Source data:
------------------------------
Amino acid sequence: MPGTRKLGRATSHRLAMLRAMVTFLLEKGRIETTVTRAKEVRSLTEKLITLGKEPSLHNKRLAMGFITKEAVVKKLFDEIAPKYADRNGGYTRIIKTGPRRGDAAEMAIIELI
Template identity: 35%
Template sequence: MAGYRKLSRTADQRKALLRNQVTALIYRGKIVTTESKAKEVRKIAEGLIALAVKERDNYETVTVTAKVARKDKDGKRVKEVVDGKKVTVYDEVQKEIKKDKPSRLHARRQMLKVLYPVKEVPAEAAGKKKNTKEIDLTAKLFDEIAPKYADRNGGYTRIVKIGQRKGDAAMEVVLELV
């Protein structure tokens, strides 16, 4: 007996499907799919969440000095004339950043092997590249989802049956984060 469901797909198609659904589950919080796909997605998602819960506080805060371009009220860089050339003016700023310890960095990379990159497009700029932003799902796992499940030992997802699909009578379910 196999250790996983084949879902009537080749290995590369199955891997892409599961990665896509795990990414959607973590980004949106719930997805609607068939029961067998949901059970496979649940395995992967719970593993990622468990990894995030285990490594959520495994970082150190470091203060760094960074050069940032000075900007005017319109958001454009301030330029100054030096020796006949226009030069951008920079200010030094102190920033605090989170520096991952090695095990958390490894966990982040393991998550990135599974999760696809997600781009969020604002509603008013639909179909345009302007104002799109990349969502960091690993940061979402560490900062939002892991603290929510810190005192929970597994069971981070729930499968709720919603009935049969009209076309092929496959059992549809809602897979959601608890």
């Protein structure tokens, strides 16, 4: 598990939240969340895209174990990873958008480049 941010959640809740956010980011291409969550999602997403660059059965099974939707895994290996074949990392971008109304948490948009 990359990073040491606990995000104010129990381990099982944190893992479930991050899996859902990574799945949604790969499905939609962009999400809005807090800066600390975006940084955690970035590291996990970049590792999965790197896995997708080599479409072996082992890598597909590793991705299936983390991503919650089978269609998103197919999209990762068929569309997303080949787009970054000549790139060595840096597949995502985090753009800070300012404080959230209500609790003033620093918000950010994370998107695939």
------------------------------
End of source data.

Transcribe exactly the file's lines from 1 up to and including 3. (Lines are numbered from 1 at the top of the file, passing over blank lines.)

Amino acid sequence: MPGTRKLGRATSHRLAMLRAMVTFLLEKGRIETTVTRAKEVRSLTEKLITLGKEPSLHNKRLAMGFITKEAVVKKLFDEIAPKYADRNGGYTRIIKTGPRRGDAAEMAIIELI
Template identity: 35%
Template sequence: MAGYRKLSRTADQRKALLRNQVTALIYRGKIVTTESKAKEVRKIAEGLIALAVKERDNYETVTVTAKVARKDKDGKRVKEVVDGKKVTVYDEVQKEIKKDKPSRLHARRQMLKVLYPVKEVPAEAAGKKKNTKEIDLTAKLFDEIAPKYADRNGGYTRIVKIGQRKGDAAMEVVLELV